An Overview of the History of Babcock Ranch
When you move to Babcock Ranch, imagine what life was like as a ranch hand there.
That’s because Babcock Ranch was once Crescent B Ranch. There was cattle ranching, tree farming, rock mining, vegetable growing, alligator farming and even experimental ostrich breeding.
Imagine cowmen rounding up free-range cattle over a territory that covered 91,000 acres. That explains why Floridians call them cow hunters.
Of course, before the arrival of European settlers, the region was inhabited by the Calusa Indians, a tribe that has since disappeared. The Seminole Tribe still calls Southwest Florida home, however.
But modern history brought spirited settlers to the area now called Babcock Ranch. An overview of the history of Babcock Ranch will make you feel like you belong to a long line of settlers who were awed by the natural beauty of the region.
The Perry Wadsworth McAdow family made its fortune in the Spotted Horse gold mines of Fergus County, Montana. Like today’s northern visitors, the family took to Southwest Florida’s warmer weather and purchased what is now Babcock Ranch in the late 1800s.
The McAdow family had a significant influence on trade in the region that stretched to Punta Gorda and it quickly became a hub for commerce. Perry McAdow became president of the Punta Gorda Bank, chartered in 1899 with $15,000 in capital. The bank building also housed Earnest Dry Goods, the Punta Gorda Trading Company, Wade’s Drug Store and McAdow Hall.
In 1914, Pittsburgh lumber magnate and politicians Edward Babcock purchased the 91,000-acre Crescent B Ranch and renamed it Babcock Ranch.
Timber business was brisk because the pine-tree resin the Babcocks harvested was valuable because of its power to ward off termites. The most prominent customers were diamond mines in South Africa, which used the resin for to keep the pesky wood-eating bugs at bay.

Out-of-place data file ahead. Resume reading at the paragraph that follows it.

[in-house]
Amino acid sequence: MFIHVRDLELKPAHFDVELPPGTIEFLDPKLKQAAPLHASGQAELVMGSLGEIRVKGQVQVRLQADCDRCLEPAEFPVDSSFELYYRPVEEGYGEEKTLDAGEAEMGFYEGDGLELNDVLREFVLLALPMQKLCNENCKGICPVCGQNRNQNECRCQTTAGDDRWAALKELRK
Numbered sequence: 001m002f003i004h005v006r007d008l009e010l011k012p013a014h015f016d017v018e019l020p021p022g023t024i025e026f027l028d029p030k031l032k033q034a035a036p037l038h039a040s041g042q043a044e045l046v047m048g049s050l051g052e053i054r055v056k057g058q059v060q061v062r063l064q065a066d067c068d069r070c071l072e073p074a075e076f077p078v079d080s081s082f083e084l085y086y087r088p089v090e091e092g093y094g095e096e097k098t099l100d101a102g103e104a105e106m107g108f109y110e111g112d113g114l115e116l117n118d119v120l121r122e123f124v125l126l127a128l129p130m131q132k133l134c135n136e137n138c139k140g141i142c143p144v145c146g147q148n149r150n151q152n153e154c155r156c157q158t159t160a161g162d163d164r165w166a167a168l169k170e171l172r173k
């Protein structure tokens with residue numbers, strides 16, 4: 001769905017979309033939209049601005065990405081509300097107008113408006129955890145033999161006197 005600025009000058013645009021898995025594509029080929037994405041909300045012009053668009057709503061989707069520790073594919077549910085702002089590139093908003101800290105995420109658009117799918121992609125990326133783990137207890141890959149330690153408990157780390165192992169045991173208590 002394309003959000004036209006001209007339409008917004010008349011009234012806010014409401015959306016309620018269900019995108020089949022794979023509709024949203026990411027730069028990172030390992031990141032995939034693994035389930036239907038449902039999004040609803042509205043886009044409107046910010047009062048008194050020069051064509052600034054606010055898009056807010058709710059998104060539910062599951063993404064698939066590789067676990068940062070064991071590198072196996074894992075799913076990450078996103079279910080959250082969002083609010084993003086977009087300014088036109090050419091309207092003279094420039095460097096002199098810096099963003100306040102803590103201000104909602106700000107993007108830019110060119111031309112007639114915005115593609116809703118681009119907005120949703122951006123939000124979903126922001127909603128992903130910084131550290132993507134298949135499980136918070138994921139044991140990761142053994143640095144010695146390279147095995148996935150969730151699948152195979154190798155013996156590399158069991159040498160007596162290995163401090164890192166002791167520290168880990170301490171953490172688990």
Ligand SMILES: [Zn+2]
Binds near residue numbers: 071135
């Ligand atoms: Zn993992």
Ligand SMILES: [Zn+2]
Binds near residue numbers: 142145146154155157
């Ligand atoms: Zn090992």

By the 1930s, Edward’s son Fred Babcock expanded the ranch’s operations with new businesses such as rock mining, alligator farming, vegetable farming and swamp buggy tours.
After Fred Babcock’s death, the heirs of the ranch attempted to sell it to the state. But those negotiations ended in 2005 without a sale.
Enter Syd Kitson
In 2006, developer Syd Kitson engineered the purchase of Babcock Ranch and sold 73,000 acres to the state and Lee County for preservation. It is the single-largest land preservation effort in Florida’s history.
Kitson retained 18,000 acres to build the town of Babcock Ranch, the world’s first new town powered primarily by the sun. In a partnership with Florida Power & Light, the FPL Babcock Ranch Energy Center provides 74.5 megawatts of energy. The 330,000 panels will power the 19,500 homes and 6 million square feet of commercial space that will eventually make up the town.
The solar field is located north of the town of Babcock Ranch on land donated by Kitson and is owned and operated by Florida Power. The FPL Babcock Ranch Energy Center will produce so much energy that there will be extra left over to power other areas of Southwest Florida.
To learn more about Babcock Ranch, please call 877-484-4344.